The Wilson NFL football is a mark of American tradition and has served as the official game ball of the league since its inception. Unfortunately, this product has a long way to go in terms of sustainability. The process, manufacturer, and materials that go into Wilson’s ball generate limited environmental initiative and do not seem to be changing.
The official NFL football is made of two components: an inflated rubber bladder and tanned cowhide. The cowhide is the main component of the ball, and the least sustainable as well. According to MadeHow, one cowhide can generate around ~20 footballs. Considering that the NFL requires at least 24 balls per game among ~250 regular-season games, 6000 balls are required to fulfill the league’s needs which leans on 300 cowhides per season. This number is not considering imperfect balls, balls produced and sold outside of the NFL, or preseason and postseason games. With these considerations, Wilson reports producing 700,000 footballs per year which yield 35,000 cowhides. This component of production is wildly unsustainable and draws on agriculture, one of the largest GHG emitting sectors in the world. Cowhide is required for NFL usage because it generates a gripping, non-slip surface to the ball that allows it to be used in the rain. Unfortunately, neither the NFL nor Wilson seem to be engaged in a search for an alternative product. Synthetic rubber is used to produce cheaper, off-brand footballs but those are not fit for regulation under the NFL’s current standards. Until alternative materials are discussed or utilized, the sustainability of the Official NFL football will be non-existent and reliant on a sector with dire planetary implications.
One of the few saving graces of the Wilson football, in terms of its sustainability, is its local sourcing. Cows required to make the football are raised in the United States, mostly in the Midwest region, and are shipped to a processing facility in Ada, Ohio where the actual football is produced. Most cows are raised sustainably on cage-free farms with grass and soy-based diets; Sports Illustrated notes one facility in Bluffton, Ohio where NFL-bound cows are given 1,000 acres of land to roam before being butchered and utilized for their hide. This local sourcing cuts down on transportation costs and further GHG emissions. When it comes to the actual process of making the football, the least sustainable aspect of production is associated with leather tanning. Leather tanning is a procedure where cowhide is altered chemically to change color and become less susceptible to decomposition. As part of the process, the leather is soaked in water over a period of six hours to two days. This part of tanning is, obviously, water-intensive and doesn’t appear to use recycled water. On top of this, tanning makes the football less biodegradable. When the product inevitably ends up in a landfill, there’s a low likelihood of it “going away.” While local sourcing gives the Wilson football a small push towards sustainability, the actual football-making process and agriculture required to do so leave a less-than-desirable environmental impact.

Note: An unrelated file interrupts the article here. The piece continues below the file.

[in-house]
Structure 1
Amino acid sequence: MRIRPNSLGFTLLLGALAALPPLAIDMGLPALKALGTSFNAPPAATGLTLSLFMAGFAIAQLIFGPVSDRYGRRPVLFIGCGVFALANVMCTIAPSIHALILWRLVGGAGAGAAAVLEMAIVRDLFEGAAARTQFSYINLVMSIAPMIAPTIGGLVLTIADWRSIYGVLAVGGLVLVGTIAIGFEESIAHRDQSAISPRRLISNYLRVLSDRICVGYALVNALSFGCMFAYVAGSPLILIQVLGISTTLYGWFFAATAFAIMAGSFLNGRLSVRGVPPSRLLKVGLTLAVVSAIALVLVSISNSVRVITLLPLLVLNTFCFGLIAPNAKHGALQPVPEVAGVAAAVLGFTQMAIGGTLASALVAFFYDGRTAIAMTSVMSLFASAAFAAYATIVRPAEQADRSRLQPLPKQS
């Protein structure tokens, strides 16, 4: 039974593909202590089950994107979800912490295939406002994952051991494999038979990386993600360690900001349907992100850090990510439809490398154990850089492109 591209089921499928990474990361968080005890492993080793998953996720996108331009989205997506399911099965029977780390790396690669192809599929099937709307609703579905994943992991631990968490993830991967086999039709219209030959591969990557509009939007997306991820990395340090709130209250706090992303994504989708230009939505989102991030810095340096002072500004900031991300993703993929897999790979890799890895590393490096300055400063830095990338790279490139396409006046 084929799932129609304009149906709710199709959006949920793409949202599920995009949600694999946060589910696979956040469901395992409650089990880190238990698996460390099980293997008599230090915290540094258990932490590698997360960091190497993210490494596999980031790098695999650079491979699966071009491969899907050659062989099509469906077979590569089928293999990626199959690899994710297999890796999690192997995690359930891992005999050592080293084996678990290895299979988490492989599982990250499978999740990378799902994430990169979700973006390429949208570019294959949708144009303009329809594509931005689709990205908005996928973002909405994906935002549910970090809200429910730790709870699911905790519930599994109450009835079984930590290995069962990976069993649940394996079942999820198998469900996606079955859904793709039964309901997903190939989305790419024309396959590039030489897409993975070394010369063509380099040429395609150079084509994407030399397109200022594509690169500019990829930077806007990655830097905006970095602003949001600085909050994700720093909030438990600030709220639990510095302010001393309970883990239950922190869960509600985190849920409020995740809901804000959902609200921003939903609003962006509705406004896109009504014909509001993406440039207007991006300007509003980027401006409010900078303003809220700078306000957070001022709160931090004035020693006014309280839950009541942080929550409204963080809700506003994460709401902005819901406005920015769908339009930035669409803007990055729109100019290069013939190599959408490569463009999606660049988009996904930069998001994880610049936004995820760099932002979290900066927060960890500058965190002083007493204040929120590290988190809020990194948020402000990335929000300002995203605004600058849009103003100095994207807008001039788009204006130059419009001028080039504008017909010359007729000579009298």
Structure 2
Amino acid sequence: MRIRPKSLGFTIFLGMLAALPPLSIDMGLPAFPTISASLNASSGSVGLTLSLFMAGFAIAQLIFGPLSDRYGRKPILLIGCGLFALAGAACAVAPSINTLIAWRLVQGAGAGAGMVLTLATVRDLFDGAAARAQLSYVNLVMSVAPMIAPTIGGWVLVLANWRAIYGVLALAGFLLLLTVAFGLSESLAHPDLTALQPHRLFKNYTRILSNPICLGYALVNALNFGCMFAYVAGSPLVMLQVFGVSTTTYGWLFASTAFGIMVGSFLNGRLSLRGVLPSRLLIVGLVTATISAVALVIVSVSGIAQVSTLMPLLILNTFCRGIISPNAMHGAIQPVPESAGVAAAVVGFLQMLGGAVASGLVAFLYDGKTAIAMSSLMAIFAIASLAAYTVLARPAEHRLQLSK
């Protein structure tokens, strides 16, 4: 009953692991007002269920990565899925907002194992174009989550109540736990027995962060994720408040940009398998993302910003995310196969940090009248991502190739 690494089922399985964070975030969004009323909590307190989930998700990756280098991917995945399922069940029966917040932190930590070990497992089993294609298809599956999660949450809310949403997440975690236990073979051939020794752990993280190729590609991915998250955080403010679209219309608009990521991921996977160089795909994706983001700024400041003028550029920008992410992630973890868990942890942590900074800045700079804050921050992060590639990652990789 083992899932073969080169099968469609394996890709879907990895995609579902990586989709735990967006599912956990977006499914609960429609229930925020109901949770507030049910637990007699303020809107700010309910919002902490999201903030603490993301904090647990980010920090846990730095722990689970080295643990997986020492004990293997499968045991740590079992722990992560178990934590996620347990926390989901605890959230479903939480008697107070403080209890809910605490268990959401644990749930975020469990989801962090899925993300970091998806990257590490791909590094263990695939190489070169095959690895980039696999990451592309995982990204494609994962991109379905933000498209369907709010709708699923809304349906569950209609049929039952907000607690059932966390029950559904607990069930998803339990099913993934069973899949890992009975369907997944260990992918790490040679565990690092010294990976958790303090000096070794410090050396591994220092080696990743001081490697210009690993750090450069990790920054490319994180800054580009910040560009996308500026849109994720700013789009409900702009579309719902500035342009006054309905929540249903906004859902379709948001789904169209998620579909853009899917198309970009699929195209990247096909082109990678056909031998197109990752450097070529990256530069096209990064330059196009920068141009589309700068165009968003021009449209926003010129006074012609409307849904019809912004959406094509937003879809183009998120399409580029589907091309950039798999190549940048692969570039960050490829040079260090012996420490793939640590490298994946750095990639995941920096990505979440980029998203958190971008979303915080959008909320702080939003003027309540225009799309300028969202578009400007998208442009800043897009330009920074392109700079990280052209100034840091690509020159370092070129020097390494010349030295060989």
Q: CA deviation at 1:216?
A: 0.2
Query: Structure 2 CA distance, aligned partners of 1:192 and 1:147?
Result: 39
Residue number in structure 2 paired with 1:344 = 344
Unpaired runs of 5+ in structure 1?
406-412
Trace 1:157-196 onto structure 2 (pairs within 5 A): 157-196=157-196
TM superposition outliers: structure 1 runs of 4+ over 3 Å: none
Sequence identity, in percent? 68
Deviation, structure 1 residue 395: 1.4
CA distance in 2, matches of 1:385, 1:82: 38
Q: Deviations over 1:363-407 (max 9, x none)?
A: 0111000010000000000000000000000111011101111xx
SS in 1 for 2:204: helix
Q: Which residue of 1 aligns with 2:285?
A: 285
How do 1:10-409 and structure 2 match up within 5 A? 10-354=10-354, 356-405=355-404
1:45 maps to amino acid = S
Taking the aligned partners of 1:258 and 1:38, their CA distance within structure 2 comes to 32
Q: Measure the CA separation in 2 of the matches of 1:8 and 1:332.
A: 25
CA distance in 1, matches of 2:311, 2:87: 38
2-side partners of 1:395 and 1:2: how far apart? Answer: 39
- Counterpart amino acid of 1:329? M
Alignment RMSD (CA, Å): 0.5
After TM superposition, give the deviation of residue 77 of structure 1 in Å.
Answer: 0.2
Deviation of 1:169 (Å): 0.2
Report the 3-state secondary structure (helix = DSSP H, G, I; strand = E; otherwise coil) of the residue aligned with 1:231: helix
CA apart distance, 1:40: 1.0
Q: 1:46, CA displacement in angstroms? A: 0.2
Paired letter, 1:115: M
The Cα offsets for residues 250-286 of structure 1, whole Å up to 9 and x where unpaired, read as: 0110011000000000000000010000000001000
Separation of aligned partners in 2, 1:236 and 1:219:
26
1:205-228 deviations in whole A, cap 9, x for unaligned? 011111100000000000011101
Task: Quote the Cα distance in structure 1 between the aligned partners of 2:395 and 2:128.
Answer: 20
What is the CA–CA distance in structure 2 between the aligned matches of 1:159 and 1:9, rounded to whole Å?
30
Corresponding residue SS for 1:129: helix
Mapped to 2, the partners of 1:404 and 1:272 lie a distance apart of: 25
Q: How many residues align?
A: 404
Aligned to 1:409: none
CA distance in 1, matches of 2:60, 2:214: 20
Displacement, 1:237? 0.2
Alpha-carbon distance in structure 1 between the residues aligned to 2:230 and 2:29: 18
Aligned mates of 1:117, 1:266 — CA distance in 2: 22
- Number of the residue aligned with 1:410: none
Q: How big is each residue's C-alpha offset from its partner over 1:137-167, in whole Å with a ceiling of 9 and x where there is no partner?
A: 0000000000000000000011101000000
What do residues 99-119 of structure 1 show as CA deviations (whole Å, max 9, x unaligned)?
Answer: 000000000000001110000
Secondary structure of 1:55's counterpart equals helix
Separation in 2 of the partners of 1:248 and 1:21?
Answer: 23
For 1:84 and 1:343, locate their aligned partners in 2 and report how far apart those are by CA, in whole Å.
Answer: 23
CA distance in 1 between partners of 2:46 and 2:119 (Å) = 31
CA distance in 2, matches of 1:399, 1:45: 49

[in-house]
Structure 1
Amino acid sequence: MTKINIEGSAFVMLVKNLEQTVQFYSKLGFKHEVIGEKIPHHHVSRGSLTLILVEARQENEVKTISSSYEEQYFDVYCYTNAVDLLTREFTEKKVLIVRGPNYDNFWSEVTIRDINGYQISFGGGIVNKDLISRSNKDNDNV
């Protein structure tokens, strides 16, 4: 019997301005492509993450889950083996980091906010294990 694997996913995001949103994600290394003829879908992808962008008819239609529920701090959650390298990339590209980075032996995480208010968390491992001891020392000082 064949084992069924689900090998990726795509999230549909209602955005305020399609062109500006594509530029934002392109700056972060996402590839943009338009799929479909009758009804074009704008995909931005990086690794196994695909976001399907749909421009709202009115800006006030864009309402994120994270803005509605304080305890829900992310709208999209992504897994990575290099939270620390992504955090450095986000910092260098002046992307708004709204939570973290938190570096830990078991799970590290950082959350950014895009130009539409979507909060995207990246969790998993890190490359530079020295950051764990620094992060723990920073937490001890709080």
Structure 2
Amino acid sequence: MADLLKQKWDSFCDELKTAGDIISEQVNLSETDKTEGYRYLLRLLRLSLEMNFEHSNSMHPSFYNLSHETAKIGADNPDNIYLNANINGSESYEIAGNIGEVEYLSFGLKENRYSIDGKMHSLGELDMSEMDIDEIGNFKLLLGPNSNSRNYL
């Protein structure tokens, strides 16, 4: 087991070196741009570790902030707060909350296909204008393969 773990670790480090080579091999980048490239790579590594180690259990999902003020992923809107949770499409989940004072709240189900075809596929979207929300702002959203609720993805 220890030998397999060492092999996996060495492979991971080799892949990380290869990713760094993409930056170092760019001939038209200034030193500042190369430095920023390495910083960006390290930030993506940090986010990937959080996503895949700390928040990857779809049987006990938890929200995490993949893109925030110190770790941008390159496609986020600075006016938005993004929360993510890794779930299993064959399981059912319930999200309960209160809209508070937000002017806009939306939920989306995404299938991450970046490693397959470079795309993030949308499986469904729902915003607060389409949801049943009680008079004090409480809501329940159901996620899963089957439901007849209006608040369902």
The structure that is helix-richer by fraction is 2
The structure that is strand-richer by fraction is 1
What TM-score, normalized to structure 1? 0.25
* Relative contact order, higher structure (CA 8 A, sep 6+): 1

Wilson does not seem to have a significant commitment to corporate social responsibility nor sustainability. They do list on their website that they have an effort to mitigate the risk of slavery and human trafficking in [their] supply chain, but they preceded this by saying “as required by the California Transparency Supply Chian Act.” Wilson seems to be checking the boxes and not going above and beyond to be stewards of the Earth. The company has made a small effort to achieve sustainability in their tennis division, however. In 2019, they created a plastic-free tennis ball container to match a new line of balls they created. While this is a step, it’s a small one. If you’re going to be one of the most influential distributors of sporting equipment in the world, you have to at least have a statement on ESG or CSR. While the company has shown small flashes of environmental stewardship, the initiative clearly isn't there and has a long way to go.